2) McCain can try and play this with a little body-English and say that the US wants to withdraw as soon as possible. We agree that the end of 2010 is a goal if conditions on the ground support that goal. This is somewhat transparent but it may be the best option that McCain has.
3) Senator McCain can pressure Admiral Mullen and General David Petraeus to say that conditions on the ground have improved enough to push a complete and total withdraw by the end of 2010. This is almost laughable since Petraeus hasn’t come close to saying anything like this but it may have merit since McCain and Bush have held up Petraeus as all knowledgeable.
Actually, all 3 of those positions are very lame but that is the best that John McCain can do. He has painted himself into this corner. It is hard to see any easy way out.
Watch John McCain struggle through this interview on Iraq policy on the Today Show.
I suspect the McCain campaign really believes Sen. Barack Obama is an inexperienced empty suit who is only good in front of a teleprompter. It’s the only explanation for their foolish strategy.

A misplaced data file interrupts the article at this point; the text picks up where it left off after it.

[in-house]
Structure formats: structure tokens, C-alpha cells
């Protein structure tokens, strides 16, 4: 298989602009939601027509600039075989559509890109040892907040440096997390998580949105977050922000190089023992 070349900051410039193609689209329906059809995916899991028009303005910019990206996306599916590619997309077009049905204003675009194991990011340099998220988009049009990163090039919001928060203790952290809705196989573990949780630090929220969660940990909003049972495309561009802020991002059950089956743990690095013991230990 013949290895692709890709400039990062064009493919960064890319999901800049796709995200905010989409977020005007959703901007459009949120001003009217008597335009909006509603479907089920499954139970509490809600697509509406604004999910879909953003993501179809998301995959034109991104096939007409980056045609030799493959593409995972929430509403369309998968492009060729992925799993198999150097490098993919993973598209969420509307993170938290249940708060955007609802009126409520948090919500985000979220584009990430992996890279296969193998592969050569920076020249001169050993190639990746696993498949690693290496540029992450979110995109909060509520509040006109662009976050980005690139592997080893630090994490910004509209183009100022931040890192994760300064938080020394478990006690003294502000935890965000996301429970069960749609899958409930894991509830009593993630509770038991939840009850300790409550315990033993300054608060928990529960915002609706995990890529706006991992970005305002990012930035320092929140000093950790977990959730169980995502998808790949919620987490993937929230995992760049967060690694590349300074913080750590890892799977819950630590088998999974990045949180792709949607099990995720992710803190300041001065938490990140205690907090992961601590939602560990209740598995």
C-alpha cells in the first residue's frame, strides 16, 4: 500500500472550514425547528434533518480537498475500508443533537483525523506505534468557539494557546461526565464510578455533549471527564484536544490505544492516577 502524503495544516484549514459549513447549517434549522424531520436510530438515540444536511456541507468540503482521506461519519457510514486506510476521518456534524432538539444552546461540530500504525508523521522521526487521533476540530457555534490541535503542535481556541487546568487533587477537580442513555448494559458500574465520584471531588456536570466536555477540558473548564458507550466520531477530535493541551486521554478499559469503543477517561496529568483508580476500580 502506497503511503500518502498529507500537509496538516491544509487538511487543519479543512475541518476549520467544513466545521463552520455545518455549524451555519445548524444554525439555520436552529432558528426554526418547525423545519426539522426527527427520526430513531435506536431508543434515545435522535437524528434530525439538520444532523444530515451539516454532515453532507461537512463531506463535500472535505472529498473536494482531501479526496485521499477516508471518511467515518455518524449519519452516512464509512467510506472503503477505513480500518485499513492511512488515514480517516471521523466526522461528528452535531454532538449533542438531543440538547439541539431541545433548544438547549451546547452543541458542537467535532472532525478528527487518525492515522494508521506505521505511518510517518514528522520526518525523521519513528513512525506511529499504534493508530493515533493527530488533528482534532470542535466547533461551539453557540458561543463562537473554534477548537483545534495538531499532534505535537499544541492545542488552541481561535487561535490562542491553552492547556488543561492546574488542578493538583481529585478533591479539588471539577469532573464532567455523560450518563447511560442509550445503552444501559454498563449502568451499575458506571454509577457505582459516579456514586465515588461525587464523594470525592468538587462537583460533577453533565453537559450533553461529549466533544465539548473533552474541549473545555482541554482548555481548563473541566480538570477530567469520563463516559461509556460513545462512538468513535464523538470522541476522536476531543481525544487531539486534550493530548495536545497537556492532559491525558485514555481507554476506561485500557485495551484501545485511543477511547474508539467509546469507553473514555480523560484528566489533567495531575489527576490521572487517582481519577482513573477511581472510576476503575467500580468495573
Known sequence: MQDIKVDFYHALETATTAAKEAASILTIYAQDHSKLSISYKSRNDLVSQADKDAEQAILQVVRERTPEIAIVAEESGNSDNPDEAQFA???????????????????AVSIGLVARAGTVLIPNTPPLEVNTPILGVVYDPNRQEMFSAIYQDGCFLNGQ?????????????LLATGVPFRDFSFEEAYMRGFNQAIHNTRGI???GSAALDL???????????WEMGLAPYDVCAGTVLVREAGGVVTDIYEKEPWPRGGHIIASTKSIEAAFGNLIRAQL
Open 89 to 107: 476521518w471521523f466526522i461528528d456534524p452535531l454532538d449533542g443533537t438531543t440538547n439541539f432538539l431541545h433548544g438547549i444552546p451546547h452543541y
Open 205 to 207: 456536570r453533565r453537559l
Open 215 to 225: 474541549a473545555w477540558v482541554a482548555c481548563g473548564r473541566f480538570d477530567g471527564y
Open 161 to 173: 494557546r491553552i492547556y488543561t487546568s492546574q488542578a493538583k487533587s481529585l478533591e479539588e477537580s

As said here before, making “experience” your main theme is a proven loser in presidential campaigns. Voters ultimately care more about where a candidate will take the country than the length of the candidate’s resume.
But the McCain campaign made an extra error: believing the conservative hype that Obama is hollow.
The McCain campaign tried to mock Obama for not knowing anything about foreign policy by offering to have McCain lead him around Iraq.
Obama essentially called the bluff: arranging a high-stakes multi-country trip, where he can hold court on foreign policy, display his knowledge and provide assurance to undecided voters that he can command the world stage.
It’s much harder to make the charge stick that a candidate is in over his head when you just saw him navigate the currents.
Now the trip isn’t over yet, and the visits to Israel and Palestine will be the trickiest visits of all. A high-profile mistake by Obama (and even the best politicians can make a mistake in those treacherous political waters) would justify the McCain approach.
But the McCain campaign effectively ceded control of the argument to Obama. They didn’t respect his skills and believed he would fumble.
Such is the risk of underestimating your opponent. You presume he can’t handle a challenge, you sit back believing he will fail, and he ends up showing you up.